Prince George Photo SimonSees.com
Prince George is the largest city in Northern British Columbia, located at the junction of Yellowhead Highway 16 and Alaska Highway 97. The city is situated where the Nechako River joins the Fraser River and is surrounded by beautiful lakes and the rolling hills of the Nechako Plateau. The natural beauty and abundance of parks provide great hiking and walking opportunities. Fishing and hunting are also popular in certain seasons. Rivers and lakes in the area allow for canoeing and kayaking, with guided and unguided tours available. In winter, the region becomes a wonderland with numerous outdoor activities such as snowmobiling, snowshoeing, skiing, snowboarding, and much more.
Visitors can also check out many notable cultural centres. The Exploration Place Science Centre & Museum, which contains 70-million-year old fossils, and full-sized dinosaur models. Other exhibits include live critters, first nations artifacts, and many different virtual tours. The Prince George Railway and Forestry Museum is another notable site, containing one of the largest vintage rail collections in BC. The Two Rivers Gallery is a vital centre for visual art in Prince George and the central interior of British Columbia.
The community of Summit Lake is just 52 km (32 mi) to the north, making all of its amenities well within reach.
The north-south Alaska Highway 97 and the east-west Yellowhead Highway 16 intersect at Prince George. The City is also the junction of the north/south and east/west-bound railways. Prince George lays claim to the title of BC’s northern capital. The community of Vanderhoof lies 100 km (62 mi) to the west. To the south east 209 km (130 mi) is McBride which is also close to the BC/Alberta border. North of Prince George lies Hudson’s Hope, Dawson Creek and Fort St. John.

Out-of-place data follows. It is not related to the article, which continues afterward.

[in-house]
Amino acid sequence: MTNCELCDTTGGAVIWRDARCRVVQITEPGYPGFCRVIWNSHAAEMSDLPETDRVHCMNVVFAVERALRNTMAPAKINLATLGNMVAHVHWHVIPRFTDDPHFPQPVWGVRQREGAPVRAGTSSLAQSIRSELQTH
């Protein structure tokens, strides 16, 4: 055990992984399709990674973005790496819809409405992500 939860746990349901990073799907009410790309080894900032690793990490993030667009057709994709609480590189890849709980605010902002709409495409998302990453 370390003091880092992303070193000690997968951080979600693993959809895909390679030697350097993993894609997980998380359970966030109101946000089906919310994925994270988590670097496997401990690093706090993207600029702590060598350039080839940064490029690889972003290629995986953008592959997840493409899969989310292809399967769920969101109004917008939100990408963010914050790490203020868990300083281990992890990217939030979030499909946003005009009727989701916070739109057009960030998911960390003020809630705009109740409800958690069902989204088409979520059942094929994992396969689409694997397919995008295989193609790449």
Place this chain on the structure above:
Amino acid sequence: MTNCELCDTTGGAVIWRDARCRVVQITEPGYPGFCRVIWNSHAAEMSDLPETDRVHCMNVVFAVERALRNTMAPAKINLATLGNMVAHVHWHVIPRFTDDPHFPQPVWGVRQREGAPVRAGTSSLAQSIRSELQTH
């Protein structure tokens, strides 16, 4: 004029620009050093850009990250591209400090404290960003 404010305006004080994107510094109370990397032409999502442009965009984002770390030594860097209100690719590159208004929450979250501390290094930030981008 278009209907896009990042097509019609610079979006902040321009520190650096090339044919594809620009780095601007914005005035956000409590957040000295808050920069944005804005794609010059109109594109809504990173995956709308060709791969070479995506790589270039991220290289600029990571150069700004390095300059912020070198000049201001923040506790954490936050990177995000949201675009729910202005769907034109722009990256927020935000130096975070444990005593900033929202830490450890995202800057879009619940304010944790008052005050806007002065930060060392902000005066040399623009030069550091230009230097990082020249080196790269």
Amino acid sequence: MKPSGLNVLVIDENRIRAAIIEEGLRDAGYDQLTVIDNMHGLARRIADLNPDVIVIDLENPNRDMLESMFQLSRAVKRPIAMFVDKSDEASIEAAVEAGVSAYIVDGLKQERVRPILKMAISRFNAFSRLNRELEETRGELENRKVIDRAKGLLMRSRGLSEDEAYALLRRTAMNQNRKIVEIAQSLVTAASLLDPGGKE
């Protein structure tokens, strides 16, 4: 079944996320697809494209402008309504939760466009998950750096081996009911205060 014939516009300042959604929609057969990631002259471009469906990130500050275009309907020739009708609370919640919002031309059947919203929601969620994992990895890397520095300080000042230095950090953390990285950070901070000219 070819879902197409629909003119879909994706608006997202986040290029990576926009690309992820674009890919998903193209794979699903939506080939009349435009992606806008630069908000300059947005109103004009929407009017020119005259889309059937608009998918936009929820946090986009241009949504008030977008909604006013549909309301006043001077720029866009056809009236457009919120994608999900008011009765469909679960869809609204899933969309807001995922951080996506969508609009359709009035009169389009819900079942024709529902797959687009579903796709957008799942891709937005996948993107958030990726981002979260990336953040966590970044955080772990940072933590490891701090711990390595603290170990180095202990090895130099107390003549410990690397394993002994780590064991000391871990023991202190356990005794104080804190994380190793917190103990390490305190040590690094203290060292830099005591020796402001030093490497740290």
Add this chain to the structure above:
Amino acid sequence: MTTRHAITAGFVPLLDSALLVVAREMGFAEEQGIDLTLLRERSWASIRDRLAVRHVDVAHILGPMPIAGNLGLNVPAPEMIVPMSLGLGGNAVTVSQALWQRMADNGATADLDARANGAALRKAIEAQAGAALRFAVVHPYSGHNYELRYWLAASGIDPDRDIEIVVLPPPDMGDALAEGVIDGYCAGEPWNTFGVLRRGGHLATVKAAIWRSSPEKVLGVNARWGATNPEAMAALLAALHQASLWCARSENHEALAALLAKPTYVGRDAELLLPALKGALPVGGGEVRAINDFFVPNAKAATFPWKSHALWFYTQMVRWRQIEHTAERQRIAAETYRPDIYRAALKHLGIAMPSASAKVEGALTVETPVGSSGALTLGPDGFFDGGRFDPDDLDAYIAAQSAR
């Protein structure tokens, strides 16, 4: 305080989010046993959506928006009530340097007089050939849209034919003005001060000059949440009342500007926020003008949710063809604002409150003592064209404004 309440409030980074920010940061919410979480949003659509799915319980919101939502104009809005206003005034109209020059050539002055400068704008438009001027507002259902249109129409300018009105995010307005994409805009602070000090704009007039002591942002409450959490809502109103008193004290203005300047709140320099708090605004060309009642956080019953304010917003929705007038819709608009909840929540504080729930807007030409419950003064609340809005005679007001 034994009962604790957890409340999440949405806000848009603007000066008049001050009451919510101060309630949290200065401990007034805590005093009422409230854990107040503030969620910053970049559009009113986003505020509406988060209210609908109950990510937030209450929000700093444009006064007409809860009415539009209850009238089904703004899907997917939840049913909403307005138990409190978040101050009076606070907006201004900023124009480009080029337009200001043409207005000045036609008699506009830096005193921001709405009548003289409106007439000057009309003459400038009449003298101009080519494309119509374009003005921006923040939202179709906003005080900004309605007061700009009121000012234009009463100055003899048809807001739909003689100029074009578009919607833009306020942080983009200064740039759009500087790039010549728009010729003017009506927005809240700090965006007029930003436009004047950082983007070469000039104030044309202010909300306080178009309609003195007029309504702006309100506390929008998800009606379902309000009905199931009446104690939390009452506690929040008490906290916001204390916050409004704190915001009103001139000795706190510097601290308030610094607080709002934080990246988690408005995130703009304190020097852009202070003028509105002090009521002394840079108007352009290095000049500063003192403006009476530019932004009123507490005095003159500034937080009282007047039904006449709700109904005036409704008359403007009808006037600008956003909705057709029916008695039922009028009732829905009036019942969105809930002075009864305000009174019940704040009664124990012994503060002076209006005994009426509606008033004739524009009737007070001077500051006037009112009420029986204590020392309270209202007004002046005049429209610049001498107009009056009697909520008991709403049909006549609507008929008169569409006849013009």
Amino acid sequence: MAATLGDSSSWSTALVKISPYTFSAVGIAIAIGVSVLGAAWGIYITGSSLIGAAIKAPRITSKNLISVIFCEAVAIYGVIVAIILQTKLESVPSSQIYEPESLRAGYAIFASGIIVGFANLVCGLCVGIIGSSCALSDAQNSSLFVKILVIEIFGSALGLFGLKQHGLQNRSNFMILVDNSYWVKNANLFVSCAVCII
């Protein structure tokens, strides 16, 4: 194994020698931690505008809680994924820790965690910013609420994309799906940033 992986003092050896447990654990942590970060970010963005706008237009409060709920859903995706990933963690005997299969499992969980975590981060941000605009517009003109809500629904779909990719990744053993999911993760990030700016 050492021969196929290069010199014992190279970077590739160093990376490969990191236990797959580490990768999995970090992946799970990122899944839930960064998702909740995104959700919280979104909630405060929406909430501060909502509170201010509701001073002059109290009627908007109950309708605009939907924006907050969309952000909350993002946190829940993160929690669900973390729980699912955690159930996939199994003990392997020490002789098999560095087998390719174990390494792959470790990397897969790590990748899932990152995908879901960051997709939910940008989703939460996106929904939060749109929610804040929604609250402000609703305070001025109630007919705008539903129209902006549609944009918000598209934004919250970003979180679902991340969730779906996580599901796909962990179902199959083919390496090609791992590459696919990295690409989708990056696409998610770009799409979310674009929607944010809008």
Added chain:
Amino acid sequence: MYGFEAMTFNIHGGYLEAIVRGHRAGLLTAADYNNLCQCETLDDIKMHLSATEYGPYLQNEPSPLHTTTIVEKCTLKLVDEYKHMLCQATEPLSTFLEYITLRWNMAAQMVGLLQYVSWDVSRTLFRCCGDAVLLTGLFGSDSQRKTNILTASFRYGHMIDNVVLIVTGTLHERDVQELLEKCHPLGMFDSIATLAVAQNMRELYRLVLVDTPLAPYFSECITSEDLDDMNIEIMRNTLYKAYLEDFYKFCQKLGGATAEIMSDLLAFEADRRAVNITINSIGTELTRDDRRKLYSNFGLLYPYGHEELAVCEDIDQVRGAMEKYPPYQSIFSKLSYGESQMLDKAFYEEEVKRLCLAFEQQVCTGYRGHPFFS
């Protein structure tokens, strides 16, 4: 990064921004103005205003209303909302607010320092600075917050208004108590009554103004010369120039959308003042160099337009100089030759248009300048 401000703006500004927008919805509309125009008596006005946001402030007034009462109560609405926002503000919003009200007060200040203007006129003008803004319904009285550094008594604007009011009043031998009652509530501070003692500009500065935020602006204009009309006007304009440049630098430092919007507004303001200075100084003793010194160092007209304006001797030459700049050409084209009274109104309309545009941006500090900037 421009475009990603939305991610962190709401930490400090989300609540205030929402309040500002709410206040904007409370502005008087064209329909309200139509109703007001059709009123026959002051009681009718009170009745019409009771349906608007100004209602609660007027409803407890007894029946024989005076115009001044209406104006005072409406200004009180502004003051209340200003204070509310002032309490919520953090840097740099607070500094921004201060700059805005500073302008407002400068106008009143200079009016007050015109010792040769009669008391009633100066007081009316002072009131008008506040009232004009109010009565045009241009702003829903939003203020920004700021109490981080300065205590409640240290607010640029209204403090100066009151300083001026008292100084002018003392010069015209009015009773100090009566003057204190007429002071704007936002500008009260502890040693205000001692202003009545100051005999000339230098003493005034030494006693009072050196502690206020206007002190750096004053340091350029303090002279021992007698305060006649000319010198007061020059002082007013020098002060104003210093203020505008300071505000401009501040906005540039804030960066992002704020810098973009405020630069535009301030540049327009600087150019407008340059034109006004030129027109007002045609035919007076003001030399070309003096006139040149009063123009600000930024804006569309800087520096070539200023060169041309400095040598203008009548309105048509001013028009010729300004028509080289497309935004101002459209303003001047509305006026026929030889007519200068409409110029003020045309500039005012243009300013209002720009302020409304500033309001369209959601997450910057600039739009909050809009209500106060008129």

In 1807, Simon Fraser established a fur trading post in the region, and called it Fort George. The Lheidli T’Enneh First Nation traded frequently with Fort George. By 1906, Canadians learned that the Grand Trunk Pacific Railway would pass near the fur trading post, and agricultural settlement began to spring up. A few years later, in 1914, the railway arrived and construction of the railway townsite commenced. The City of Prince George can trace its origins back to that trading post.
The Province of British Columbia incorporated the City of Prince George on March 6th, 1915.
Prince George struggled over the difficult years of the Great War, with a Spanish Flu epidemic in 1918, and the Great Depression. But its economy sprang to life in World War II, when a new army camp of 6,000 soldiers bolstered demand for services. As post-war reconstruction efforts fueled a growing international demand for lumber, Prince George’s forest industry took root. By 1981, it was the second largest city in BC. Despite changes wrought by forest industry consolidation, wood remains the city’s primary economic driver.